ESRI working paper on community compensation mechanisms reducing resistance to energy infrastructure

The Economic and Social Research Institute (ESRI) earlier this year published a working paper on the role of community compensation mechanisms in reducing resistance to energy infrastructure development.

The working paper notes that across the EU, significant investments are being made in renewable generation and grid technologies, however, policy makers and planners are frequently met with resistance from local communities to proposed infrastructure development. Offering some form of compensation to the affected communities may reduce objections and minimise project delays. While there are numerous methods of compensating and involving local communities, evidence on which methods are most effective at increasing acceptance of infrastructure developments is scant.

The working paper reports on a nationally-representative survey of Irish citizens to analyse how different compensation methods affect acceptance. Ireland is a useful case study because of its high RES-E targets. Respondents are presented with four compensation models for the local construction of a wind farm, and two for the local development of the transmission grid.

While it is often reported that communities would prefer deeper levels of involvement, the working paper finds no evidence of this. Instead, it finds a preference for schemes in which people receive financial compensation without sharing in the ownership and associated risks of project development. The econometric analyses show that certain socio-demographic characteristics, for example, age and income are significant predictors of people’s acceptance under different schemes, while a person’s education level significantly predicts whether a particular compensation scheme will increase acceptance. Moreover, the paper finds that the satisfaction with local planning procedures and the tradeoff people make between environmental sustainability and economic competitiveness consistently affect people’s attitudes.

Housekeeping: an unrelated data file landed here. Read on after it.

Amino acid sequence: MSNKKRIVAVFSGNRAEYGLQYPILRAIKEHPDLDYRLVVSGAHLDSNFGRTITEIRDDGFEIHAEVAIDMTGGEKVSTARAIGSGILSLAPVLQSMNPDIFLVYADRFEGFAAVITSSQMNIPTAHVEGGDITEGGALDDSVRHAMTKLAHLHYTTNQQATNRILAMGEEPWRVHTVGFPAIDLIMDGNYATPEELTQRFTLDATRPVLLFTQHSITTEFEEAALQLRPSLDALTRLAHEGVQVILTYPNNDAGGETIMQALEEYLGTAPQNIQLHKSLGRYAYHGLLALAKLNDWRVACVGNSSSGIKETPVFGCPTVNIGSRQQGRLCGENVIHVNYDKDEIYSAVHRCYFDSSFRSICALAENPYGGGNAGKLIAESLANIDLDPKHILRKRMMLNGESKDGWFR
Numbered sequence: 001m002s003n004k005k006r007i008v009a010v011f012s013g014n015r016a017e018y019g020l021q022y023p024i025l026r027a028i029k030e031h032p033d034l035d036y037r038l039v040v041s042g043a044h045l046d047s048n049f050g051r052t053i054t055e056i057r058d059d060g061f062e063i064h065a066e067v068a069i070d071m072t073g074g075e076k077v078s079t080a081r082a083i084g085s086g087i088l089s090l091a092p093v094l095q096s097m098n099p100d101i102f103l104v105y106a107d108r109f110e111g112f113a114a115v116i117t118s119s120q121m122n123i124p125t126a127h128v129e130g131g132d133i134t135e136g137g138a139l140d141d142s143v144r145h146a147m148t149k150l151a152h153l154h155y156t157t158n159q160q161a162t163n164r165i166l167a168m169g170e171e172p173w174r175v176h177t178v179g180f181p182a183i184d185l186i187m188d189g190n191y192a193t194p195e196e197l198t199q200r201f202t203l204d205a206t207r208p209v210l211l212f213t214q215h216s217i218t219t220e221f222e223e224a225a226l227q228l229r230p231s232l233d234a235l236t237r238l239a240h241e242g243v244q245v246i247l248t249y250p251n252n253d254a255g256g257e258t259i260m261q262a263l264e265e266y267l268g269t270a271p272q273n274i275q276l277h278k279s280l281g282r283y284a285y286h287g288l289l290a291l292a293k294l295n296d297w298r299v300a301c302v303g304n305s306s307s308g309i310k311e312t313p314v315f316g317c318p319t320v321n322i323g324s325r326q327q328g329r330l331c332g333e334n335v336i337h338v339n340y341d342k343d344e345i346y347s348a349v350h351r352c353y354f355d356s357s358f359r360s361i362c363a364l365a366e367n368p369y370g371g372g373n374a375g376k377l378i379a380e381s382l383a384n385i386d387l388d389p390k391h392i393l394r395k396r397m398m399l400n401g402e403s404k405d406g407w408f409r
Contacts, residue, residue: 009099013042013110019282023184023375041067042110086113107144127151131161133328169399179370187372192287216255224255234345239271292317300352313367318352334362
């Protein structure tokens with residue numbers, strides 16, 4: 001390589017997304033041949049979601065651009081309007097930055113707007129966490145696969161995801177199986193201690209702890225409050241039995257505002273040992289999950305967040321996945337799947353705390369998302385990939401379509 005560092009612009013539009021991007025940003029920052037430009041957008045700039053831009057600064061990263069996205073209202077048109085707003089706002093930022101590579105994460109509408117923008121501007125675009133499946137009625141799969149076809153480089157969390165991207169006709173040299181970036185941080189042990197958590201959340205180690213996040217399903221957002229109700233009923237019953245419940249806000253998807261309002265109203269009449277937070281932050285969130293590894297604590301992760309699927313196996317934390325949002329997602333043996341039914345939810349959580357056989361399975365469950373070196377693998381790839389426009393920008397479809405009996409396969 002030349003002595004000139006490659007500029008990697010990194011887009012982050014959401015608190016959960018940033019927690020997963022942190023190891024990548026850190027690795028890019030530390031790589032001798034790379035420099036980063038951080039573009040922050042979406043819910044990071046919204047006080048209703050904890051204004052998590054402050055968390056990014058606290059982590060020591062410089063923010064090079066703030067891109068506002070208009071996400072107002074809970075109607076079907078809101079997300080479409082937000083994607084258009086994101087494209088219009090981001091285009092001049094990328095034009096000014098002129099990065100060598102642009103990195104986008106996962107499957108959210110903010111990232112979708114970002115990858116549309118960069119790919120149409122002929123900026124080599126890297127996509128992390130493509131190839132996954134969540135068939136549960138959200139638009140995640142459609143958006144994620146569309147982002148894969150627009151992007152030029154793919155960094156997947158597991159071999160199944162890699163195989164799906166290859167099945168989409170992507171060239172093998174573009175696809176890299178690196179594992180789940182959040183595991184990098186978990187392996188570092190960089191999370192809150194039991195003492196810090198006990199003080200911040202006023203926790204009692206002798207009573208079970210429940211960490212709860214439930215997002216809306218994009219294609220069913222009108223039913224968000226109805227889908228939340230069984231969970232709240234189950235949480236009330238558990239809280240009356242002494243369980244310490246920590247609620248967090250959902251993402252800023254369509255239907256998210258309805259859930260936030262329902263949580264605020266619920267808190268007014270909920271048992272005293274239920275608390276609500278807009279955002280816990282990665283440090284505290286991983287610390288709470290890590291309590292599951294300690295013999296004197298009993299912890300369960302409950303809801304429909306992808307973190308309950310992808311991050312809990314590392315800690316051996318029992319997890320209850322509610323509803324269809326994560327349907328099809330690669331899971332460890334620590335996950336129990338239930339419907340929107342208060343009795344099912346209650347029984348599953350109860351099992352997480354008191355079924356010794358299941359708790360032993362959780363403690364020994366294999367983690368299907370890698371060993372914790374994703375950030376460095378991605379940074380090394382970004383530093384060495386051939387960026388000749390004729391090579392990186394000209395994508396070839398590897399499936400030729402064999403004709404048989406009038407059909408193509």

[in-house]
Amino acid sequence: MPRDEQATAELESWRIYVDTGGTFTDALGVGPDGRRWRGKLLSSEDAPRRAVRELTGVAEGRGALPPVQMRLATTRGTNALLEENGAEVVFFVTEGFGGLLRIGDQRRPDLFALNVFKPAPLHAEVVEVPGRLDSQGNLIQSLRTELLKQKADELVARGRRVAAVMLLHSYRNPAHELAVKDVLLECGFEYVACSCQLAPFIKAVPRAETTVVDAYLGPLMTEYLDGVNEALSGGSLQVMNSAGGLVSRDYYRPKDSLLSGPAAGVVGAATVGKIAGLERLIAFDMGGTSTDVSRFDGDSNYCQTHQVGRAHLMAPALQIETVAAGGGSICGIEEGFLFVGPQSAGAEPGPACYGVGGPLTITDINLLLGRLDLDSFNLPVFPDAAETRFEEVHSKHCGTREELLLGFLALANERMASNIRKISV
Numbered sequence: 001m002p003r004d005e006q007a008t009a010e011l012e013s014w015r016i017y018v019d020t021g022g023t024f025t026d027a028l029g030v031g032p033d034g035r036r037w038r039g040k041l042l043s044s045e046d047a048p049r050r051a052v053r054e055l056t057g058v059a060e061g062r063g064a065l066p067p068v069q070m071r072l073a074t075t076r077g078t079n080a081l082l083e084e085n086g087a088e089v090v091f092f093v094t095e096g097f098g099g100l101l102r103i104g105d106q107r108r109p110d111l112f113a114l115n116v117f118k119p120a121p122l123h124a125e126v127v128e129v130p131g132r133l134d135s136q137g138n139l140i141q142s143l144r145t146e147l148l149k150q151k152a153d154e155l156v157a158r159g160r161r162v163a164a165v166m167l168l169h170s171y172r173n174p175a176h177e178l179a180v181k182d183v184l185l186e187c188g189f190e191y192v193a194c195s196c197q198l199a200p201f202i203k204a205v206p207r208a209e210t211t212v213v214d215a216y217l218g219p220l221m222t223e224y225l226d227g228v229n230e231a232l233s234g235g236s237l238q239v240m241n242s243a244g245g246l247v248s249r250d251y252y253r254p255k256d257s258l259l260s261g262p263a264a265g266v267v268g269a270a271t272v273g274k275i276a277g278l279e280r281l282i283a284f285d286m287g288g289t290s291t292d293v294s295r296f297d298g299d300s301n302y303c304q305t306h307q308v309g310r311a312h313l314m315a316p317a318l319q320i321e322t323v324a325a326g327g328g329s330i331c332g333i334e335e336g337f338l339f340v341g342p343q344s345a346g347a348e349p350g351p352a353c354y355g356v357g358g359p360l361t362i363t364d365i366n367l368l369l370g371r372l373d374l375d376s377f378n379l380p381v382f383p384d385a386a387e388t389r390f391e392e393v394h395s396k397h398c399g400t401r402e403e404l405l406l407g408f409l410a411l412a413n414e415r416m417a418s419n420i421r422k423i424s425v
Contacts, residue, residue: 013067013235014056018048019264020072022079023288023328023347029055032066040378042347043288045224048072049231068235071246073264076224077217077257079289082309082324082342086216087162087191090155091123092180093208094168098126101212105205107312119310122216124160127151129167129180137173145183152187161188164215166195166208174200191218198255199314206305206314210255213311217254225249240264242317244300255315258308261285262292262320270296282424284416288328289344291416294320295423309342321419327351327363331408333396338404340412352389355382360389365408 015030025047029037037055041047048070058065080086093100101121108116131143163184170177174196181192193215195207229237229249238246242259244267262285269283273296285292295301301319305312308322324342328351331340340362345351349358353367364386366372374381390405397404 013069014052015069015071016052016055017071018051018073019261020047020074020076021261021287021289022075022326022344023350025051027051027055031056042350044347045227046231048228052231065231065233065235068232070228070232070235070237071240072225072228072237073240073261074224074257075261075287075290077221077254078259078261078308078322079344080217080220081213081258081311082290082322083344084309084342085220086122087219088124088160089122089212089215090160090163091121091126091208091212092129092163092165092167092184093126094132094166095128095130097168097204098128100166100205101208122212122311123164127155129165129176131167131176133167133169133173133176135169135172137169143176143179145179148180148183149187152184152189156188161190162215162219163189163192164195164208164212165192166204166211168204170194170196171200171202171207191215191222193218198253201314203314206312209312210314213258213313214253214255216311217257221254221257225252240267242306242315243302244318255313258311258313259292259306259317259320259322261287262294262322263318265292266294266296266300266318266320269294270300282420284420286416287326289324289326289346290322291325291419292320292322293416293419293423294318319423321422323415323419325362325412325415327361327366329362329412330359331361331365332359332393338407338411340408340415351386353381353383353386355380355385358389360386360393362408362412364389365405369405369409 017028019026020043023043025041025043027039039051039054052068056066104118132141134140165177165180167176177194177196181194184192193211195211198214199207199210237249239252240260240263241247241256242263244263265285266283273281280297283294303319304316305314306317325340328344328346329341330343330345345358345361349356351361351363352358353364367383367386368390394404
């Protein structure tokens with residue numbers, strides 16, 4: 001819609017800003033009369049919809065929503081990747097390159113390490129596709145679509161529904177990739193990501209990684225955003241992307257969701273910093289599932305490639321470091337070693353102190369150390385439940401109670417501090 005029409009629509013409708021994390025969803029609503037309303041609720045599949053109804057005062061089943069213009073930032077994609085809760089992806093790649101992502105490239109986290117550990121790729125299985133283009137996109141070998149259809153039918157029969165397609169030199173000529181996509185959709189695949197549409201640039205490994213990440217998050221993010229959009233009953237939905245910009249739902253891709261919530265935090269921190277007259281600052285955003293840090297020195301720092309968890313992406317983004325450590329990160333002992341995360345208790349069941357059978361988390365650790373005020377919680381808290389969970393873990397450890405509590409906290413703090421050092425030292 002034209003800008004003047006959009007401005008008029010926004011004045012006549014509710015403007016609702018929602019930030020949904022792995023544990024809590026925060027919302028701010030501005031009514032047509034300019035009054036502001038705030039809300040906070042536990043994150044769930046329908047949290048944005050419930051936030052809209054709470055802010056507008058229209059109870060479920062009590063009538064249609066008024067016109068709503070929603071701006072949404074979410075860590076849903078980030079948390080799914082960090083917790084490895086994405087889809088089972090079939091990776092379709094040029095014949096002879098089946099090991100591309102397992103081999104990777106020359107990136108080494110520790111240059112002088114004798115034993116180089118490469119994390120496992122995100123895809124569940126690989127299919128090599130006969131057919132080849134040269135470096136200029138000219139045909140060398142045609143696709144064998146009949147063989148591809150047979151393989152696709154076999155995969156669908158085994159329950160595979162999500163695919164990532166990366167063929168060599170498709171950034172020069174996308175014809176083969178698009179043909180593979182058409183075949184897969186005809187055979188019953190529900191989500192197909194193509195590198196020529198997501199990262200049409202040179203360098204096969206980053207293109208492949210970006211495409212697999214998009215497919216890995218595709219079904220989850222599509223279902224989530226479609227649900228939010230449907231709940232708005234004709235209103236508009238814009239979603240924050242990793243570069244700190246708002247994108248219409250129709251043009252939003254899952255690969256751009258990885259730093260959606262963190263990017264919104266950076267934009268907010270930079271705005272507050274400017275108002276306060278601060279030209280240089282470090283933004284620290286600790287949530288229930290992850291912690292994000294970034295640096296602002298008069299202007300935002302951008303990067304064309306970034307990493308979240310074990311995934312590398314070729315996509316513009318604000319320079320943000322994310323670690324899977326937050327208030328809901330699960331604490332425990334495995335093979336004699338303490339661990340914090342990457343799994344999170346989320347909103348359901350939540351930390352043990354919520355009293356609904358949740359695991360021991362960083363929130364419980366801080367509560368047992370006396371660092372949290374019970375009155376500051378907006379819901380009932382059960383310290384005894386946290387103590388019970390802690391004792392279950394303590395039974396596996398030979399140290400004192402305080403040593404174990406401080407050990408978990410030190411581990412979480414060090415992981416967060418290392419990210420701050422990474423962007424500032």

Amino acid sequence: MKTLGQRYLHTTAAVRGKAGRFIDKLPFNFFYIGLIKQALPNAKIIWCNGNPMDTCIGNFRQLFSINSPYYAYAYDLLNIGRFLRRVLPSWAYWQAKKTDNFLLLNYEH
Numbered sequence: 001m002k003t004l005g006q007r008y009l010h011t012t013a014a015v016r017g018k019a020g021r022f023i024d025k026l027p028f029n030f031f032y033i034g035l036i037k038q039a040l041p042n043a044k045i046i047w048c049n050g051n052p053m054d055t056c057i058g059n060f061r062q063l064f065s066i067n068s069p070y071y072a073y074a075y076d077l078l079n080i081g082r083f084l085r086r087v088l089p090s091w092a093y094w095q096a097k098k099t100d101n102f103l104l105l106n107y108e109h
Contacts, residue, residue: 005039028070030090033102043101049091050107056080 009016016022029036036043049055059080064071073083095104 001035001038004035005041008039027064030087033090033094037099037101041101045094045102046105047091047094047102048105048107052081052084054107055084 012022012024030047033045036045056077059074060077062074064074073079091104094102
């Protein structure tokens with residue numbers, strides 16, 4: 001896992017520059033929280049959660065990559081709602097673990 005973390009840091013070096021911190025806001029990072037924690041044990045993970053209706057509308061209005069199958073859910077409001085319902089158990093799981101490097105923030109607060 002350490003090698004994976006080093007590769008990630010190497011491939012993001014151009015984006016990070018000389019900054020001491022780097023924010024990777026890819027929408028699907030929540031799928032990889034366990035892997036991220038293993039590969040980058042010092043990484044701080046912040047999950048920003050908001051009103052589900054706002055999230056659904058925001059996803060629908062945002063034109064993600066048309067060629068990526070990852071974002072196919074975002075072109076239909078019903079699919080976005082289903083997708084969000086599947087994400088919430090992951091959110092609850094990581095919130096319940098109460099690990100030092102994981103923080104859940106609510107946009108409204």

The Working Paper can be downloaded at:

It should be noted that working papers published by ESRI represent un-refereed work-in-progress by researchers who are solely responsible for the content and any views expressed therein.

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